Police arrest opposition supporters in Multan
By M Ilyas Khan
BBC News, Islamabad
The latest wave of arrests in Pakistan's most populous province, Punjab, has brought an unwelcome feeling that this has all been seen before.
Governments in the past have done this and more to prevent opposition groups from destabilising the system, often with unsavoury results.
But unlike in the past, when the army had carte blanche to step in, either as the arbiter of political power or as a direct aspirant, the situation this time is far murkier and more dangerous.
The army has lost much of its credibility as an efficient fighting force or as an able administrator.
In the past eight years it has been widely seen as having failed to curb the militant menace in spite of having been adequately paid to do so by the international community.
When the military ruler, Gen Pervez Musharraf, finally quit, he left the country politically fragmented, economically destitute and exposed to the militant threat.
That is why his political allies were soundly beaten in the 2008 elections.
They delivered a split mandate in favour of the Pakistan People's Party (PPP) and the Pakistan Muslim League - Nawaz (PML-N), two bitter rivals from the 1990s who showed signs they had grown wiser.
That may not be the case any more.
After a perfect start a year ago, the PPP's Asif Ali Zardari and the PML-N's Nawaz Sharif have drifted apart on the issue of the restoration of judges who were sacked by then President Musharraf in November 2007.
Their differences became more stark last month when a court declared that Nawaz Sharif and his brother Shahbaz were ineligible to hold elected office.
Nawaz Sharif is locked in a feud with President Zardari
The differences over the restoration of judges are political in nature.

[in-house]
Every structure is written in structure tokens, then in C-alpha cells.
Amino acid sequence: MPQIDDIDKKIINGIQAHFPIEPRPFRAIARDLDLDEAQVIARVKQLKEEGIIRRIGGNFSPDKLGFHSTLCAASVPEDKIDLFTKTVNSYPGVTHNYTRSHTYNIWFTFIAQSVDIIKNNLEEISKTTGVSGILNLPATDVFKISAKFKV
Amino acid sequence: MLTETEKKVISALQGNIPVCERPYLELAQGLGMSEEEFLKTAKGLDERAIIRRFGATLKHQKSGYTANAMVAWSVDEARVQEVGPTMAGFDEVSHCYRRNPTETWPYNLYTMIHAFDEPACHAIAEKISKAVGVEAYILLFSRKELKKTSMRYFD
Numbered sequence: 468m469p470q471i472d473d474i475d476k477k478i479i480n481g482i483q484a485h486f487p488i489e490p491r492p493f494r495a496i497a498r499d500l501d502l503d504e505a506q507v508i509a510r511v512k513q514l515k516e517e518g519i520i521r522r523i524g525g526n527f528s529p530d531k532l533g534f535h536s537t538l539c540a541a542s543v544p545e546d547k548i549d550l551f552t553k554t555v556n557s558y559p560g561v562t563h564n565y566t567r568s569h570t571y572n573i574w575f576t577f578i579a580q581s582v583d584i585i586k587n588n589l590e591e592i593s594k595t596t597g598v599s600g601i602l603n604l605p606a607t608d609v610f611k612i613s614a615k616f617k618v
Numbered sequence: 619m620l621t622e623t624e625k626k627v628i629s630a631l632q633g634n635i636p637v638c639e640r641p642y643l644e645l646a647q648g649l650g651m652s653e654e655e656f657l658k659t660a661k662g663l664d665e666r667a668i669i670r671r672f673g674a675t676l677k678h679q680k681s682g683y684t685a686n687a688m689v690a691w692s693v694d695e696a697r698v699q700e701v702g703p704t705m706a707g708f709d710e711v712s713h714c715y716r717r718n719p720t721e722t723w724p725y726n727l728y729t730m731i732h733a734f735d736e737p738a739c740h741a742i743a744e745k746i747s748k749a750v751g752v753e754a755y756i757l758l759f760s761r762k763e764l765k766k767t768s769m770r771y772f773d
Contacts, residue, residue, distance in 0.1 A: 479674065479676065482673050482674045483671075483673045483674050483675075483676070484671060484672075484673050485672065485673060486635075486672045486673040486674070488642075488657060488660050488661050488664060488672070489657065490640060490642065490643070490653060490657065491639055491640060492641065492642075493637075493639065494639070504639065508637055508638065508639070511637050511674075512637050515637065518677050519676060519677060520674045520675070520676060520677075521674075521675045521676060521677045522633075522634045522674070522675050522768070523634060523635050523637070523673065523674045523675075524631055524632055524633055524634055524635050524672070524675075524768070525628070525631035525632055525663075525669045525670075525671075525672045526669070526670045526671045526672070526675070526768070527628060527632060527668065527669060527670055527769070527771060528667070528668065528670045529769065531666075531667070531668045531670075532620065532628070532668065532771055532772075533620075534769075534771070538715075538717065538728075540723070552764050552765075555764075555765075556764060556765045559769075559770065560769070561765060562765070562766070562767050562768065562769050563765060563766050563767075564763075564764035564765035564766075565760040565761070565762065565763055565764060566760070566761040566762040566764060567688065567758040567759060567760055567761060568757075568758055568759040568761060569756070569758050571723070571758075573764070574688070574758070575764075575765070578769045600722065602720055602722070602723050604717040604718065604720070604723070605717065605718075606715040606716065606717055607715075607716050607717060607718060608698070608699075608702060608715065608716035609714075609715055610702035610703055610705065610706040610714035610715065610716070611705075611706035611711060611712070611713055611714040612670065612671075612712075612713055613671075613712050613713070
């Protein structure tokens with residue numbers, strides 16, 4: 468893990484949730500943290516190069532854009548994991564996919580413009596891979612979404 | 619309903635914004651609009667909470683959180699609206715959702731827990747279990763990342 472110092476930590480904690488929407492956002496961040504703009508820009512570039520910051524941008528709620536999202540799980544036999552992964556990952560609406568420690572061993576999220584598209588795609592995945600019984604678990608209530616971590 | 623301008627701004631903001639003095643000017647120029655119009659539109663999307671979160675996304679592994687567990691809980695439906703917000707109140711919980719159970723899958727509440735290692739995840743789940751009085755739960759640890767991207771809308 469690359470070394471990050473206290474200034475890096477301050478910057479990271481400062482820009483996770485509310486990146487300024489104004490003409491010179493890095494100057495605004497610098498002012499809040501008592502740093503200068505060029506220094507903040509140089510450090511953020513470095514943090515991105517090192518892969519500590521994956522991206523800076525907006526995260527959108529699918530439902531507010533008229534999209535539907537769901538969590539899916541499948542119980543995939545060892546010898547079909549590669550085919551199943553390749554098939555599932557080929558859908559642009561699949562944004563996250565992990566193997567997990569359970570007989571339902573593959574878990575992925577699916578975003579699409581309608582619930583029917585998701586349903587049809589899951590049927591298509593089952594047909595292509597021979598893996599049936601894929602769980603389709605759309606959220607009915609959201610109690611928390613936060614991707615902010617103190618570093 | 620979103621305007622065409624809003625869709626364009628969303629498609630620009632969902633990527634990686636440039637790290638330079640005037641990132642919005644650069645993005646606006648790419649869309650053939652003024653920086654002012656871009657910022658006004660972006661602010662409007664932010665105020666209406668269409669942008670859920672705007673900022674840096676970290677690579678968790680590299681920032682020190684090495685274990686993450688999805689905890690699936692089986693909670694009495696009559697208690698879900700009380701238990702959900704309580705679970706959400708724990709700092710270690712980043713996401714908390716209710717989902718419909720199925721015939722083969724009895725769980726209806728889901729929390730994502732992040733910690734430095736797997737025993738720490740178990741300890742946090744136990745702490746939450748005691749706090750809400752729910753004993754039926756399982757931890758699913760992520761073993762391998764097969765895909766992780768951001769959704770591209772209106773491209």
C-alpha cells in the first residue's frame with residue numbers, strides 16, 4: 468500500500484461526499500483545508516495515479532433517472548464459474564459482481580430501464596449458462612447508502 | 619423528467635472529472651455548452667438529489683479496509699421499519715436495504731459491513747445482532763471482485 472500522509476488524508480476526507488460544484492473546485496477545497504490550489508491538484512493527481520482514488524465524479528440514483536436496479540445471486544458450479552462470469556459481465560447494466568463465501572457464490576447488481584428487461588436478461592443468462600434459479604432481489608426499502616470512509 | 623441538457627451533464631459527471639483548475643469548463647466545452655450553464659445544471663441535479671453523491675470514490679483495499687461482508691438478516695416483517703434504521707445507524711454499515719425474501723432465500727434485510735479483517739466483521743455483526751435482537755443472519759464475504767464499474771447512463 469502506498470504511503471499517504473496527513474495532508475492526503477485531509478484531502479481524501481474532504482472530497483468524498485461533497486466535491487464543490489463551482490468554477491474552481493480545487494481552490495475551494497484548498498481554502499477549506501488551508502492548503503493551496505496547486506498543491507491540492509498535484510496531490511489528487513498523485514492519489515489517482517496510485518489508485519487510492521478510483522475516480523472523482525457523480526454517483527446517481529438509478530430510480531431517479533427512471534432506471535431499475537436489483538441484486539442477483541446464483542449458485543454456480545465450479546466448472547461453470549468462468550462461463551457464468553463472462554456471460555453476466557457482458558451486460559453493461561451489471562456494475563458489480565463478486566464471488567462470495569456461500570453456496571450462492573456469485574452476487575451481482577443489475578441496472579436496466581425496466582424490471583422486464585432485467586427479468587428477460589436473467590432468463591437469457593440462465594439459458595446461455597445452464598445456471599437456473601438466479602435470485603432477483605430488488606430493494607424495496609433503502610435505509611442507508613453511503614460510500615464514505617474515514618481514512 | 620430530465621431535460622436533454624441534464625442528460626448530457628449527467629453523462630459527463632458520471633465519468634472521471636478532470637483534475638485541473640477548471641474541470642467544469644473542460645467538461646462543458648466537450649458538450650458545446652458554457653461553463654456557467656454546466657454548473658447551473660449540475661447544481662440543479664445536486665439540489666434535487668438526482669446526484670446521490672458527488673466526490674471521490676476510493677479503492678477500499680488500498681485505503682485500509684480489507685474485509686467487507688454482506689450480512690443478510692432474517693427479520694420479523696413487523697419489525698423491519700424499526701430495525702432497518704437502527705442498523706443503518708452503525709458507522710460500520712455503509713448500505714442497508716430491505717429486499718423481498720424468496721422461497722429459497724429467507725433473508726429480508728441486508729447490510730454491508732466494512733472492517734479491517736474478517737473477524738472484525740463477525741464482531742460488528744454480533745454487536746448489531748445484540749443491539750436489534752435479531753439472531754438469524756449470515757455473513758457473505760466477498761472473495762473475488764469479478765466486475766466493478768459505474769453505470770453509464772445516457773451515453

Without saying it in so many words, the PPP made it known to the PML-N and others concerned that the transfer of power back to civilian rule in March 2008 required an agreement that Mr Musharraf would not face further action against him.
Restoring the judges would challenge that.
But Nawaz Sharif considered this contrary to his election mandate.
Many in Pakistan believe that Mr Sharif considers the restoration of the judges the first step towards laying a legal trap for Mr Musharraf, who had toppled Mr Sharif's government in a military coup in 1999.
Mr Sharif continued to press for the judges' restoration and quit the federal government in May 2008, accusing Mr Zardari - who had then been elected president - of being "insincere".
The government did try to wean the Sharifs from protesting lawyers with political offers, but with little success.
Then came the court verdict on the Sharifs. Shahbaz Sharif was deposed as chief minister of the PML-N stronghold in Punjab province.
The Sharifs strengthened their ties further with the protesting lawyers.
Nawaz Sharif trained his guns on the president, saying that Gen Musharraf's spirit had "infused into Zardari".
The government has responded by making it known that it would like to form its own administration in Punjab.
There are fears of more violent political protests
It may not allow the PML-N to come back to power in the country's largest and politically most influential province, which accounts for two-thirds of its military and bureaucracy.
The general view is that both sides have gone too far to retrace their steps and assume a conciliatory posture, at least for the time being.
In the past, governments have been able to contain violent protests through administrative means, but have generally failed to overcome the fallout.
What role will the army play?
One thing is for sure - all of the political elements, even if they are feuding, see the number one enemy as a politically active military.